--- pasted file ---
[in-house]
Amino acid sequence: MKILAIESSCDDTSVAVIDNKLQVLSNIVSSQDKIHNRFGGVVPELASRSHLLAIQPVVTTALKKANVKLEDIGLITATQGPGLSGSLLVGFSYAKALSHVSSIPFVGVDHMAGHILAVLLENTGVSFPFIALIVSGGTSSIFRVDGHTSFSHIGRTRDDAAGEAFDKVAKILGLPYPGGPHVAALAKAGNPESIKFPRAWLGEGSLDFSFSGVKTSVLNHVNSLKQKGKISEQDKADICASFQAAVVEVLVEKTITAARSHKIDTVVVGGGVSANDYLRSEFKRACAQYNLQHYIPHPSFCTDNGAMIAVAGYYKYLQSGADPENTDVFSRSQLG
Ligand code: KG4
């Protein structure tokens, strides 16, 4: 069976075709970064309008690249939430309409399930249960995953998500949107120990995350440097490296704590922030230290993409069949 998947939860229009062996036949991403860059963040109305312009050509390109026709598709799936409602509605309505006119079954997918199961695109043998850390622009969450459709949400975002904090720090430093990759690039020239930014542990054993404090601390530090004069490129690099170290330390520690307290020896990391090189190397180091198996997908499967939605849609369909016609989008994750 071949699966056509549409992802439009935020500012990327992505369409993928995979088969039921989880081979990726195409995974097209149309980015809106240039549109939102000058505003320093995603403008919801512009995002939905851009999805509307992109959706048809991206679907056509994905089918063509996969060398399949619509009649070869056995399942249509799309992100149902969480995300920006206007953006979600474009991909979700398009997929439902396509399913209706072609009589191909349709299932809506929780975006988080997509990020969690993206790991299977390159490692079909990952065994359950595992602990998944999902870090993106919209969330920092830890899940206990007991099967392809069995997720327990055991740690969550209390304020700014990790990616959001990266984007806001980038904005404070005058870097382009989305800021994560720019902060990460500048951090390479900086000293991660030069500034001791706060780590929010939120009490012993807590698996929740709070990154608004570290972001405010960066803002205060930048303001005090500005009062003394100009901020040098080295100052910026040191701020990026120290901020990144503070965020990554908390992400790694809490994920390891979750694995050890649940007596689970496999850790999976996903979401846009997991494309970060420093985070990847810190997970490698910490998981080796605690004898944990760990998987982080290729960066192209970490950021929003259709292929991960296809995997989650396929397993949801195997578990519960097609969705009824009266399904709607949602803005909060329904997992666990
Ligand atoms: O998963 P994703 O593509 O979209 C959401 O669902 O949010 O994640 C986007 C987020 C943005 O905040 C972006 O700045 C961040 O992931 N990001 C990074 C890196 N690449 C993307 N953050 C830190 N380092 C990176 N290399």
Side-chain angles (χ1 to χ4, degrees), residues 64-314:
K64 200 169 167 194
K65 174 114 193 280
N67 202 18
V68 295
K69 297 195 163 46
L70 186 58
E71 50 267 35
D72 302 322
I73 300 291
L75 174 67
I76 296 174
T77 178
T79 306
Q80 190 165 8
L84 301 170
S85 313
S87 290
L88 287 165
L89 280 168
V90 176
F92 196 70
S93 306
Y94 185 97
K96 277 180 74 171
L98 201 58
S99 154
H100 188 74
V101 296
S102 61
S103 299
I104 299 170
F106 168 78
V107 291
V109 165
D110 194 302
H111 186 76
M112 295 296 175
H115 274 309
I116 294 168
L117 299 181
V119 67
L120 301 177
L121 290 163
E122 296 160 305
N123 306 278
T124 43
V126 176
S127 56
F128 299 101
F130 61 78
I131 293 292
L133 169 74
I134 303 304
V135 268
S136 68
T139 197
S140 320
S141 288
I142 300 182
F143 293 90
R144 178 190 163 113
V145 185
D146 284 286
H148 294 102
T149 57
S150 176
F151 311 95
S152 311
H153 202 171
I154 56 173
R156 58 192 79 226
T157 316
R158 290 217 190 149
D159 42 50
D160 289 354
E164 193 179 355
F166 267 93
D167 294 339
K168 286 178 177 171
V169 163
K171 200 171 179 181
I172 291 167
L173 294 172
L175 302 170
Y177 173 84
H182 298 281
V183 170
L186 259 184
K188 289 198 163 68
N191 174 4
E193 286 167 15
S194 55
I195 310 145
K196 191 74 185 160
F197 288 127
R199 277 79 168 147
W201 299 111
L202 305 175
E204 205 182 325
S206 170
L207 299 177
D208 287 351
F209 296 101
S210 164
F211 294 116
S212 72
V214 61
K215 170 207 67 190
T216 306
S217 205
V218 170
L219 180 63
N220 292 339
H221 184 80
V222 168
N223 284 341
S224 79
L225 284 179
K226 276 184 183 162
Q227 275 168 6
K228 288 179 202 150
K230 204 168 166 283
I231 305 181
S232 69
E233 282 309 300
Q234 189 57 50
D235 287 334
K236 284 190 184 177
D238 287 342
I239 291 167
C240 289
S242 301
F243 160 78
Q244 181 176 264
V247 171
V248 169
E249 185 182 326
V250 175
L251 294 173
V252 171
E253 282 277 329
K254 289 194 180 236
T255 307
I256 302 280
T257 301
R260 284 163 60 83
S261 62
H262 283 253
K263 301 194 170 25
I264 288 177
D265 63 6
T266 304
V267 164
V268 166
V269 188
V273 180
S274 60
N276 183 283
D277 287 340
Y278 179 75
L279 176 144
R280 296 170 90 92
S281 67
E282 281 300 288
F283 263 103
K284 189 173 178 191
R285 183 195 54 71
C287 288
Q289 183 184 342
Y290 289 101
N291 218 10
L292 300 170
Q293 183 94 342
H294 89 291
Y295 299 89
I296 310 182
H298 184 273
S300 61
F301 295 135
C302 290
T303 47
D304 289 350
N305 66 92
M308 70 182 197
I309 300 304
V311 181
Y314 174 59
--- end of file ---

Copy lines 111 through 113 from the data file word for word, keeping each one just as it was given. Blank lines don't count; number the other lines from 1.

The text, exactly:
F211 294 116
S212 72
V214 61